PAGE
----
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For those of you who have never lived in tornado country, let's put this into perspective. Lots of people will be happy to tell you their favorite close call with a tornado. They want to impress and scare you. Remember, the city of Morris has not been destroyed by a tornado in the past 125 years. Modern weather forecasting means you will have advance notice of possible severe weather through severe weather bulletins issued by the National Weather Bureau.
Unfortunately, it is true that every year the jet stream and the cold high pressure and humid low pressure areas align just right to create the conditions in Minnesota that cause thunderstorms to produce funnel clouds. The vast majority do not touch down and become tornadoes. But some do, often in rural areas where buildings are not damaged.
Tornadoes are highly localized. With modern Doppler radar the National Weather Service does a very good job of alerting the public when conditions are right to cause tornadoes in a specified area for a specified amount of time. This is called a tornado watch.
If radar or trained human spotters sight a funnel cloud or a tornado on the ground, a tornado warning is issued for towns in the projected path of the tornado.
If there is a tornado watch, keep an eye during the day and an ear at night on the outdoors. If the clouds look dark and threatening or if you hear and see lots of thunder and lightning, turn on a local radio station and listen for a possible tornado w arning. If a tornado is in imminent danger of tearing through Morris, the civil defense sirens will sound.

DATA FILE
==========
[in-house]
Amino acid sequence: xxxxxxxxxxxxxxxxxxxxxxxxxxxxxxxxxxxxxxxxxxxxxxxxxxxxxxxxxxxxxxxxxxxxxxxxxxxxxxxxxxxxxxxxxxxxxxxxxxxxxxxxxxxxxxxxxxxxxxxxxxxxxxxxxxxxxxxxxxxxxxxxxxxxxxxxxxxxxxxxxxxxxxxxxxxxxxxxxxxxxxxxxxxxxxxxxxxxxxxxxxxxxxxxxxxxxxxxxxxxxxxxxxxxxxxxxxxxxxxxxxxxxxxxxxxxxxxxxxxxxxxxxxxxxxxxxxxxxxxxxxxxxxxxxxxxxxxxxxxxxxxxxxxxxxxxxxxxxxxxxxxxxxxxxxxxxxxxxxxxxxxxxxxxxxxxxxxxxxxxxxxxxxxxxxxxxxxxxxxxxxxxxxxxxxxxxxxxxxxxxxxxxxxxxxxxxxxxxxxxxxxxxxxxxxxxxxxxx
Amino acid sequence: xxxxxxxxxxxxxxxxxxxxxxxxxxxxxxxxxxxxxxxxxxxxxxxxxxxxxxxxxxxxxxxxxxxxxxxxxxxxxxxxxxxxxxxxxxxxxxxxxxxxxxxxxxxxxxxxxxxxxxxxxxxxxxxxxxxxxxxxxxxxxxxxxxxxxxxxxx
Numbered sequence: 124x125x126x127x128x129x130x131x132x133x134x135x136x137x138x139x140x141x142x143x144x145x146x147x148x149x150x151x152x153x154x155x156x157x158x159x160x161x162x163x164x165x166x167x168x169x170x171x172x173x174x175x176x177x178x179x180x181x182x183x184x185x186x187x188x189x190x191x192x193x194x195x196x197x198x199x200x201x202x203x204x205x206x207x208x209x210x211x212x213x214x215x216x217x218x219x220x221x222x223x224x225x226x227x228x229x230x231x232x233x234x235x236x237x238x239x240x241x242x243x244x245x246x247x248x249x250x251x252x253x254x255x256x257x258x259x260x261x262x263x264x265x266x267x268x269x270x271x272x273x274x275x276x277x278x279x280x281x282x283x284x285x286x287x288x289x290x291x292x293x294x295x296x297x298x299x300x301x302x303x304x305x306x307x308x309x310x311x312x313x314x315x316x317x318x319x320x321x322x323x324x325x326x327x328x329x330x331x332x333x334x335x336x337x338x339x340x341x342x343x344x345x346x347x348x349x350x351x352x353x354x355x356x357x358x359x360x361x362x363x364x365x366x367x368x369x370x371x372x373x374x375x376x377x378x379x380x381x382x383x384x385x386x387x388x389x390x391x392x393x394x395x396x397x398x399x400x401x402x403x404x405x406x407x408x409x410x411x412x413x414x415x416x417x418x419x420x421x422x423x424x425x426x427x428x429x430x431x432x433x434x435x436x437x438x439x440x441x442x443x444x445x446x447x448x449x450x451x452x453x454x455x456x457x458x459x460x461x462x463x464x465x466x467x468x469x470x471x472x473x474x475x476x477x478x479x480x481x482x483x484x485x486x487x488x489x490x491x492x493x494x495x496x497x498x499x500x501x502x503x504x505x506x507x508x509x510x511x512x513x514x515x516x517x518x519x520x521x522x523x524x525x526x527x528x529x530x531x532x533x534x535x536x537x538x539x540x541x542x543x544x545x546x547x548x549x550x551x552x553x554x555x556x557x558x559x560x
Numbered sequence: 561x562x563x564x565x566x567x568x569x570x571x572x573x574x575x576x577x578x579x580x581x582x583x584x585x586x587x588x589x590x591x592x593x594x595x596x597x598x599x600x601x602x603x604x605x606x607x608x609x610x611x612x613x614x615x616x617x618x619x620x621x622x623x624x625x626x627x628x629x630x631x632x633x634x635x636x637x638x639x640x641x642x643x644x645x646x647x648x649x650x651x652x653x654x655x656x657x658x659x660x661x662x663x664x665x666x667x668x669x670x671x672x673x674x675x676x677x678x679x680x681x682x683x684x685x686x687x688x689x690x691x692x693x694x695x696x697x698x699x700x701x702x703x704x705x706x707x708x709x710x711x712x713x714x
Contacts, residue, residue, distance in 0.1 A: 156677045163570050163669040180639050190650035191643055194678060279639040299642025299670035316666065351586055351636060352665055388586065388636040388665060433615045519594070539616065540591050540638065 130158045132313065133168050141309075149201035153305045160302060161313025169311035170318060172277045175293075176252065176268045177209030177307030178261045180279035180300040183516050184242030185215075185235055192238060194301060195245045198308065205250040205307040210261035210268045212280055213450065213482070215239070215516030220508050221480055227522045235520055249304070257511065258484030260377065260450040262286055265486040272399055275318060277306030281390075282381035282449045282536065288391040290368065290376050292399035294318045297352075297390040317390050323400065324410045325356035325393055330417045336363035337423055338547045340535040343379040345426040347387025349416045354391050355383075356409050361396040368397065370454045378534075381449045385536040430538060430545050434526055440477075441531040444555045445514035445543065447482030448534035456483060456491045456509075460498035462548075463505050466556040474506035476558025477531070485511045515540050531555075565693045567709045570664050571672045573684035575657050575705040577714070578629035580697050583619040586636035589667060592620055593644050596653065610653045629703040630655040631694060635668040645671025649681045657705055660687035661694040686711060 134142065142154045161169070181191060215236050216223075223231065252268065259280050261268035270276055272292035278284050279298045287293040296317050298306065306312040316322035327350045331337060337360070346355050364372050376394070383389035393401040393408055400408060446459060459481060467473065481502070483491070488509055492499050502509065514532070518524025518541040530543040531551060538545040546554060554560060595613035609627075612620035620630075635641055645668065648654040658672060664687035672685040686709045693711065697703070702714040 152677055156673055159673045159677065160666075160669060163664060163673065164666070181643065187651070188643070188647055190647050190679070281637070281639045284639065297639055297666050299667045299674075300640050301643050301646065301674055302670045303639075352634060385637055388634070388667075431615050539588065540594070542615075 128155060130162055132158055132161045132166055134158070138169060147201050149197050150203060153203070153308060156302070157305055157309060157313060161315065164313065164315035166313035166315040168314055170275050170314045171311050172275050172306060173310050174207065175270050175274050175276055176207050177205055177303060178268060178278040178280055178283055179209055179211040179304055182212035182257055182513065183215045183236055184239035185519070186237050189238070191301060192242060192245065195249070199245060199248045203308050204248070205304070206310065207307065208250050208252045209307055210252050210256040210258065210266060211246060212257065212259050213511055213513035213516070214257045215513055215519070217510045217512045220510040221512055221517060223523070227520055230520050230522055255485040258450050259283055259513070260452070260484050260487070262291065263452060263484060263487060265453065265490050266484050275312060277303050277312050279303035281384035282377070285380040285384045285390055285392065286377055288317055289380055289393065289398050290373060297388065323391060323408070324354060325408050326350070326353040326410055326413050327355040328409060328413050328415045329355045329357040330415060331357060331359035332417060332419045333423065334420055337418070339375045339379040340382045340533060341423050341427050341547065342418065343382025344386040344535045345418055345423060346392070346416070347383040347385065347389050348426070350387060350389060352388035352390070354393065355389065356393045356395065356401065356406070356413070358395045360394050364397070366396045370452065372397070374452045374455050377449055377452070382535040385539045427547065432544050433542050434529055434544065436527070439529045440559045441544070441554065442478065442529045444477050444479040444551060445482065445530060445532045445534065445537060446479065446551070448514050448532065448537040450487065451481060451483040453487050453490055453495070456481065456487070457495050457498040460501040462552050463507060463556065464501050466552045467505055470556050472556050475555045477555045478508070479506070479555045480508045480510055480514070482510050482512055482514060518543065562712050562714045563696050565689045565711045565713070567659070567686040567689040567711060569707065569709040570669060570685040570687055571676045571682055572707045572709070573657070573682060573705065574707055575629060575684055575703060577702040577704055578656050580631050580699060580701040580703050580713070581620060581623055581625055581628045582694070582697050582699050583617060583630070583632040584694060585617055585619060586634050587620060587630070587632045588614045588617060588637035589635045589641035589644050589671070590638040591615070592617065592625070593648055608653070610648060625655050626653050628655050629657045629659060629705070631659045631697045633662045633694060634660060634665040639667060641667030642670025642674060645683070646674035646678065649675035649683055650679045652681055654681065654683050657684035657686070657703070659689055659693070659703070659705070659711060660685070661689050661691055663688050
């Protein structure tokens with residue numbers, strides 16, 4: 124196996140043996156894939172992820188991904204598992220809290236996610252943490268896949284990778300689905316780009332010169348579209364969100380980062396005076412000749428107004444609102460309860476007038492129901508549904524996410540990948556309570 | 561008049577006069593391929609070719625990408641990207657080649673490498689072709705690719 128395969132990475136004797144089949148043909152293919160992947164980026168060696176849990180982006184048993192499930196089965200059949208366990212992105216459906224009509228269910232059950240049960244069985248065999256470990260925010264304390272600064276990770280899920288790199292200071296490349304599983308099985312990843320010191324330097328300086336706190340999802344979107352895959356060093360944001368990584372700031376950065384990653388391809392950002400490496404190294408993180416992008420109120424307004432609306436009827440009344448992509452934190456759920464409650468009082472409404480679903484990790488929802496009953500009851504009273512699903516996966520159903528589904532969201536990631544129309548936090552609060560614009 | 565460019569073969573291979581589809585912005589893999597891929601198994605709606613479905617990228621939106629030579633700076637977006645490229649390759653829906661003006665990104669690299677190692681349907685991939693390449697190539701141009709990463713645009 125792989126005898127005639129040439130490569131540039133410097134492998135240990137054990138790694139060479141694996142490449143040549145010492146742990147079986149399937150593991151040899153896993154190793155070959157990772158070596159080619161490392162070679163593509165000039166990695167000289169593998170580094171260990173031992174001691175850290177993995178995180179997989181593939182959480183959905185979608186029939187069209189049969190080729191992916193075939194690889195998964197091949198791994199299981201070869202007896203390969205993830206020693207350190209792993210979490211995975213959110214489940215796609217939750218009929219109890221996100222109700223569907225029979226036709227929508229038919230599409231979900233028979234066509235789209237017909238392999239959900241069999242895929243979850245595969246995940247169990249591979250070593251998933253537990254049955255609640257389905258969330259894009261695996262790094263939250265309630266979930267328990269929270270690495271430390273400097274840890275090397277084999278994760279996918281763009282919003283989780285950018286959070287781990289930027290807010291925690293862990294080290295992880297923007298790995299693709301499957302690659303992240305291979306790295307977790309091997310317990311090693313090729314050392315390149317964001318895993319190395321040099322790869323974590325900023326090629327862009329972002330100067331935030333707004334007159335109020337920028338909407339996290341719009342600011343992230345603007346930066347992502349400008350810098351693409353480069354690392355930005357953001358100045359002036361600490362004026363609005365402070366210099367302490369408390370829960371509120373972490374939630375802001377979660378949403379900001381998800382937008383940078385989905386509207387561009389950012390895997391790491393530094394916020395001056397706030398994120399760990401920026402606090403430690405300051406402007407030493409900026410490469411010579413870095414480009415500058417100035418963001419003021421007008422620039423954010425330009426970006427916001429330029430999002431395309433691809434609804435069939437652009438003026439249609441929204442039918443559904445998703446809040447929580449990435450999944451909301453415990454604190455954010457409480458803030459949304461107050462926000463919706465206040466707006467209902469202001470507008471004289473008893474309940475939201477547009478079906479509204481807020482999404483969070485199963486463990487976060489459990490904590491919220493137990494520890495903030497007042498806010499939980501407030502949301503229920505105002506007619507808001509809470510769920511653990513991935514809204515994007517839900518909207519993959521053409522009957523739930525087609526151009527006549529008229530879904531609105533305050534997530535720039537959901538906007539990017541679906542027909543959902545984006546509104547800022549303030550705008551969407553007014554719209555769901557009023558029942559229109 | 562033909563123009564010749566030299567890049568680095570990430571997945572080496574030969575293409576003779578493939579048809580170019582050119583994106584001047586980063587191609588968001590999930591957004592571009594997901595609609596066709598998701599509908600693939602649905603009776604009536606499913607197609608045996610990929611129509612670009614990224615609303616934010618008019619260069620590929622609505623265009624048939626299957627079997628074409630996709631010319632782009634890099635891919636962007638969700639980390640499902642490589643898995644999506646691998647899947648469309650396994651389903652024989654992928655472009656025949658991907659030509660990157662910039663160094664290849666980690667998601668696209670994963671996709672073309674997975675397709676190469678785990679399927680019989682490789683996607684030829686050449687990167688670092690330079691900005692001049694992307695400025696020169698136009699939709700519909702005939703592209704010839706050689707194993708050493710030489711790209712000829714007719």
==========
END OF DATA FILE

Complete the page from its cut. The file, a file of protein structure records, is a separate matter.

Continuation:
WHAT TO DO IN CASE OF A TORNADO:
IN A CAR:
Get out! a car is like a toy to a wind force that can move railroad cars from the tracks. Avoid flying debris by getting into the nearest building. If there isn't any, find the lowest spot, usually a ditch at the side of the road, lie down and cover your head with your arms and hands. If there is time, get in a culvert as long as it's big enough to not fill with rain water.
IN A MOBILE HOME:
Get out, same as a car. In town go to a friend or neighbor's basement.
Get inside a building, especially a basement. If there are no buildings, find a low spot, lie flat and cover your head with your hands and arms.
IN A HOUSE:
If your house has a basement go there and stay away from windows. Get under the stairs, a heavy bench, desk or table. If there isn't any, crouch in a corner. Take a heavy blanket or sleeping bag or scatter rug and wrap yourself in it to protect yourself from flying debris and glass from broken windows. If there is no basement, go to an interior room away from windows or stay in an interior doorway.
IN CAMPUS BUILDINGS:
Pay attention to the signs in the buildings that tell you where to go in case of a tornado so you know ahead of time where the safest place is. Do not use elevators and stay away from windows.
For more information than you ever wanted to know about tornadoes, try the National Weather Service's site Tornadoes